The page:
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1 year ago

postdisaster

Stone-D-Ayala-final-report

very dangerous. It is

very dangerous. It is advised that users of drones take the time to be trained by a competent UAV pilot prior to any mission where they will be used. This should include a practical session in a space where UAV flight in permitted for the UK this can be checked on the Civil Aviation Authorities (CAA website) (https://www.caa.co.uk/Consumers/Modelaircraft-and-drones/Flying-drones/). Piloting courses are also available and recommended where possible, for example the ‘Learn to Fly a Drone’ course from UAVAir (http://uavair.com/drone-courses/learn-to-fly-a-drone/). It is also recommended that pilots join the UAViators (for free), an organisation that promotes safe usage of UAVs in humanitarian and development settings (http://uaviators.org/). Figure 20 – Current UK map of no fly zones for drones, accessed from http://www.noflydrones.co.uk/ on 20 th December 2016 Guidance on the process of setting up, taking off, flying, landing, and putting away the current EEFIT UAVs (DJI Phantom Vision 2+) was prepared for and trialled successfully on the Ecuador and Amatrice missions and is included in Appendix B. It is advised that these guidelines are consulted prior to each flight, in addition to the usual manufacturer’s instructions. Despite the many challenges with the use of UAVs, they can offer the potential to capture a wealth of imagery which can be processed into information that can better help meet the aims of reconnaissance missions, including 3D building models, high resolution images of damaged urban areas, landslides, ground failures, fault ruptures, etc. Images can advance our understanding of the impacts of earthquakes by offering a different perspective of the impacts, but also help the lessons learnt to be communicated more clearly and in a more engaging manner. It is recommended that the future of UAV use on EEFIT missions should attempt to keep up with the advances in technology (where feasible).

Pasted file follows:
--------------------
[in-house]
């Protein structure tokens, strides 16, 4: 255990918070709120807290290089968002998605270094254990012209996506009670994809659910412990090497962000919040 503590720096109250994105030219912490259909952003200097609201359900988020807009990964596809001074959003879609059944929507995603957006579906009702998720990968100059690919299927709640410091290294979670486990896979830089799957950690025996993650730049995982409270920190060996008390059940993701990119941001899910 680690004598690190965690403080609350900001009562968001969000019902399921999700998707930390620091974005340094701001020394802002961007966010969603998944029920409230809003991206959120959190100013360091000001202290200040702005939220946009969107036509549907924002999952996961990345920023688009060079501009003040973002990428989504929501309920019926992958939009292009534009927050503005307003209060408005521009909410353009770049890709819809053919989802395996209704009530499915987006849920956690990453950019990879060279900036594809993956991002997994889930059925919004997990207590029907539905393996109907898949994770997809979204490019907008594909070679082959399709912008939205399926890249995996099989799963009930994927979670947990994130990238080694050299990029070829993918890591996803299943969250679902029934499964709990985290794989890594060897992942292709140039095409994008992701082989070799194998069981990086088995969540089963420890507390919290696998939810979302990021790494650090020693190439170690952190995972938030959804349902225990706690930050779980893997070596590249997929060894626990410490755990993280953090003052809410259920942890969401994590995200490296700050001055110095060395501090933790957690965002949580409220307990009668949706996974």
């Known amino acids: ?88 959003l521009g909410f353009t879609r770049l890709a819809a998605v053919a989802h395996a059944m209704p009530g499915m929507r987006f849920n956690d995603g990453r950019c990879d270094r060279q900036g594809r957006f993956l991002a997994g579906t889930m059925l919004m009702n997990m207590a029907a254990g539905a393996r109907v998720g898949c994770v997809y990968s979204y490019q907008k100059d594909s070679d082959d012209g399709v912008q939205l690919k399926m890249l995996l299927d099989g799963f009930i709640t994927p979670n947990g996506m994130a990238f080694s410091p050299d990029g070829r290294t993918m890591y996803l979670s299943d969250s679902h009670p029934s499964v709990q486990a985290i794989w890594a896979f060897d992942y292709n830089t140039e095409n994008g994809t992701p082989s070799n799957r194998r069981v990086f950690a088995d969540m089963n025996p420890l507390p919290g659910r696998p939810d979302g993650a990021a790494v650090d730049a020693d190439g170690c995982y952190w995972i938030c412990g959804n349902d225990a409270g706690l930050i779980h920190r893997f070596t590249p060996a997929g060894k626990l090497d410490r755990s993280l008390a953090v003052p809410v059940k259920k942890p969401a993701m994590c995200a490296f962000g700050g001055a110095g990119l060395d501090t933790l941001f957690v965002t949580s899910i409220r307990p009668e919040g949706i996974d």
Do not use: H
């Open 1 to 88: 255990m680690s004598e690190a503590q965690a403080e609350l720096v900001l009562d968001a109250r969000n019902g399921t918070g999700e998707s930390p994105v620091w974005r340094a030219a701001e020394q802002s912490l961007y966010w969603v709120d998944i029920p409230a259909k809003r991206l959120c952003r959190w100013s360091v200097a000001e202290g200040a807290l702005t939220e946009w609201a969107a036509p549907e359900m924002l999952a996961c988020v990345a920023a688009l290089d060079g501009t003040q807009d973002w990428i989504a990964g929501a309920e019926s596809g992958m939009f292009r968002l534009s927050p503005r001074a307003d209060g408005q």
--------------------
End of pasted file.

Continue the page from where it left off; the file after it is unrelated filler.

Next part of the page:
Conclusions and further work There are continuous advancements of technology for capturing imagery, useful for postearthquake reconnaissance missions. Examples include drones or UAVs, and omnidirectional cameras. The challenges with the use of drones on reconnaissance missions have been discussed, and include obtaining permissions to fly or sometimes even knowing if permissions are needed, transportation of the drone to remote areas, and adequate training of drone pilots. The benefits of this technology are clear: high-resolution aerial images can be quickly captured over large areas and the 3D models that can be constructed from them can help surveyors see damage more holistically, identify damage not visible from street level, and help to identify failure mechanisms. Guidance is offered on the use of UAVs on future EEFIT reconnaissance missions in Appendix B. Omnidirectional cameras can be used, in collaboration with online viewing platforms, to ‘virtually survey’ damage in an urban area. Initial results are promising for identifying construction types and number of storeys. Assigning EMS-98 damage grades is more difficult, however when aggregated to two categories of low or high damage, the results were much more promising. If major challenges such as image quality, sparsity of images, and obstructions are improved upon, the results are likely to improve. The report offers guidance on the use of omnidirectional cameras in future EEFIT reconnaissance missions. Further work is required to identify the scale and nature of biases that exist between surveyors in damage surveying exercises both on the ground and virtually. Additionally, further analysis of comparisons between ground and virtual surveyors is needed in different post-disaster contexts. Further work could also test the ability of aerial imagery to survey buildings. Additionally, work could be completed to understand if both omnidirectional images and aerial images could be used in tandem to gain accurate damage survey results. In the future, it would be worthwhile to investigate the ability of using remote ‘citizenengineers’ and volunteer engineers to help in the rapid assessment of damage, postearthquake, using omnidirectional imagery, aerial imagery, and a combination of the two. As technology advances, it is important that the earthquake engineering community continues to embrace the relevant and useful technological options, employing them in future missions to more effectively learn about the impacts of earthquakes.

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